Have you ever walked into an office and felt an odd vibe? Maybe it's too quiet and everyone has their heads down as if they're fearful of getting in trouble. Or maybe you've had the opposite experience. Perhaps you've visited a new office and people are joking around and jolly, meeting in clusters with laptops and chatting over coffee in the break room.
Well, both of these feelings are called the "organizational climate."
What Does the Term 'Organizational Climate' Mean?
The climate of an organization is the perception of the environment, both by outsiders and by the people who work for the organization. A climate can be created by the boss. It also feeds off events that occur in the office, or by the people who work there and how they react to things. The climate can change. It might shift slowly over time if there is new leadership, for example. Or it can change quickly due to an unforeseen event, such as the death of a co-worker.
An organization's culture, on the other hand, includes the values and behaviors that give the office that certain feeling. Culture includes the unwritten rules of the organization, the shared beliefs, and values of the workers and leaders of the company. It is felt when you are within it, but an outsider walking into the office won't necessarily pick up on the culture immediately, as would the organizational climate.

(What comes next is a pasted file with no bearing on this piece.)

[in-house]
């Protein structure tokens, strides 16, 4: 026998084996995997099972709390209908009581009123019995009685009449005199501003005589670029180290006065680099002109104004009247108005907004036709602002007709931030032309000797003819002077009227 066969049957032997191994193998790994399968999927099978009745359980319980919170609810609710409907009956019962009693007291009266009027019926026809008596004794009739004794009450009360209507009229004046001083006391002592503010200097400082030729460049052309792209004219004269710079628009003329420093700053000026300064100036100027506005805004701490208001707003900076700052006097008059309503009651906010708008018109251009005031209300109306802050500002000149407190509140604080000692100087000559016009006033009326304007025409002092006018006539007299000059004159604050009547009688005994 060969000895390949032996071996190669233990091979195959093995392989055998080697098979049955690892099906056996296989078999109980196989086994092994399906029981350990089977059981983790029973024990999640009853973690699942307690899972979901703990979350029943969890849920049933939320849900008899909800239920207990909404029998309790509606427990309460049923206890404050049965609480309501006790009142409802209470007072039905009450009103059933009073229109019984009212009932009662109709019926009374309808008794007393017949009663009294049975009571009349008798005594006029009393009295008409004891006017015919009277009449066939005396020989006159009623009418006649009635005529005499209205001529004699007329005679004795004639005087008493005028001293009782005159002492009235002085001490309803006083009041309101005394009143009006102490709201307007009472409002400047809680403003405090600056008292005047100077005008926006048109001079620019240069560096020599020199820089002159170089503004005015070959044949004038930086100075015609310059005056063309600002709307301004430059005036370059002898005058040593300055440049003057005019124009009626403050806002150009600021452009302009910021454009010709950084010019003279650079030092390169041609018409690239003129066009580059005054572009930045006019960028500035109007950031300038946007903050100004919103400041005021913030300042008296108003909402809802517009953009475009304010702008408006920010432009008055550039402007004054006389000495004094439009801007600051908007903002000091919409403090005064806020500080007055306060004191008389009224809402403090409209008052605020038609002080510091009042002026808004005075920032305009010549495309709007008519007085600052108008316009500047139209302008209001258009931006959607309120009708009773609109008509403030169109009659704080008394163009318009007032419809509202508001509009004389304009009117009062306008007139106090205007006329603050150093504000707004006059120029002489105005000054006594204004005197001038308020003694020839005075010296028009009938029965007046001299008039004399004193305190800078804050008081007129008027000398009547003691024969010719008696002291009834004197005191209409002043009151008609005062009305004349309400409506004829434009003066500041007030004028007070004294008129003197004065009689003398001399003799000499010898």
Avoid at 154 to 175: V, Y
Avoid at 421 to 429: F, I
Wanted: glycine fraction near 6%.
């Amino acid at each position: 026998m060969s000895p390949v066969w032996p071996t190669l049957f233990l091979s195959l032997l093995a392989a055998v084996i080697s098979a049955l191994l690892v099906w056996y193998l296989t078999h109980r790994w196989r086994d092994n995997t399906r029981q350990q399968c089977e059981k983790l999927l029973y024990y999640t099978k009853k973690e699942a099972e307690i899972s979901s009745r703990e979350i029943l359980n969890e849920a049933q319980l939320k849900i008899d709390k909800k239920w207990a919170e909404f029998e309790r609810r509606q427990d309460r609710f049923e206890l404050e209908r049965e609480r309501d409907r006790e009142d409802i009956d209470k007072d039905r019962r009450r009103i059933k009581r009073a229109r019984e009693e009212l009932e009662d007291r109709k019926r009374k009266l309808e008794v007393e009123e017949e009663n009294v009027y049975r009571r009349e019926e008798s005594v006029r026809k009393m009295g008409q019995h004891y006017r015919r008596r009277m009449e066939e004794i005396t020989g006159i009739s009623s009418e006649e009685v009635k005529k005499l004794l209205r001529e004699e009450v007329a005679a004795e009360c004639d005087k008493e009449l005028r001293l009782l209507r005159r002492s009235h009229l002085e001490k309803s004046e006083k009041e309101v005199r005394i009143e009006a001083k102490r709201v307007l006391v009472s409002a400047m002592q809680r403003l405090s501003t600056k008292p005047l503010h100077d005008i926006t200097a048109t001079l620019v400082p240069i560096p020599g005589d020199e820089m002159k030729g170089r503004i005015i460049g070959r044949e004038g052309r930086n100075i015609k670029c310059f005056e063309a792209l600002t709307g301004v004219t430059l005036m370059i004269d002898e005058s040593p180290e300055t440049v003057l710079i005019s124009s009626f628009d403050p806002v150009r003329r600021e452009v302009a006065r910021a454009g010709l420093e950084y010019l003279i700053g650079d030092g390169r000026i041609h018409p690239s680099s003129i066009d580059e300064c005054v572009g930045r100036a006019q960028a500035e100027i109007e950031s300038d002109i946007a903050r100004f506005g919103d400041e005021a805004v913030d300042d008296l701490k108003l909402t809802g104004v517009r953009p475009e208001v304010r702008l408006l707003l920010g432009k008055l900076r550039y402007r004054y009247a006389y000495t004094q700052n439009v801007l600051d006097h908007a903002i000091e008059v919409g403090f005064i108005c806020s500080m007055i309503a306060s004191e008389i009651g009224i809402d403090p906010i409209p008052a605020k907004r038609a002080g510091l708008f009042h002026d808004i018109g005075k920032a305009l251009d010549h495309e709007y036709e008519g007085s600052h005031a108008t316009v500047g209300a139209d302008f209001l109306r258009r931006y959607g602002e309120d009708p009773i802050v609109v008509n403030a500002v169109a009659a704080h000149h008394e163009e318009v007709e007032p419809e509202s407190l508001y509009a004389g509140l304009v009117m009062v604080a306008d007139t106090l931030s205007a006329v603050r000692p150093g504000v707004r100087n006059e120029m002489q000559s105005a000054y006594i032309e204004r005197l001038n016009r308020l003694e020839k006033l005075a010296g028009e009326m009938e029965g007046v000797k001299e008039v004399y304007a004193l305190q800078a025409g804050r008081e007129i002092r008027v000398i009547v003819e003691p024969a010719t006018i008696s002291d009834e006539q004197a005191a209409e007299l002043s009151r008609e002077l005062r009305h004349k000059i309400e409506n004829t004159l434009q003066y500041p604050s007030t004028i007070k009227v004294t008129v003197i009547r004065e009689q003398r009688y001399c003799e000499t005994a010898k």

It's easy to get culture and climate confused. Both of the ideas are intertwined, and one tends to impact and feed off the other. As mentioned, the climate can change quickly due to an event. The culture, however, takes time to develop. If the boss wants to change the culture and has a few employee bonding events with the notion that this will provide a shift in culture, he will likely be disappointed. The climate may change during and after those events, but the culture will take longer to shift.
Definition of a Climate Survey
A climate survey is typically an anonymous questionnaire quizzing employees about how they feel about their workplace environment. These surveys can be helpful to company leadership as they are a window into how the company is doing regarding communicating with employees, payment, treatment etc. Climate surveys can sometimes be painful to leadership, but they are an important tool if management is interested in improving the climate of the organization.
Heather Skyler is a business journalist and editor who has written for wide variety of publications, including Newsweek.com, The New York Times and Delta's SKY magazine. She has a bachelor's degree in English from Miami University and a master's degree in writing from the University of Washington in Seattle. Before writing for a variety of publications, she taught business writing in Seattle.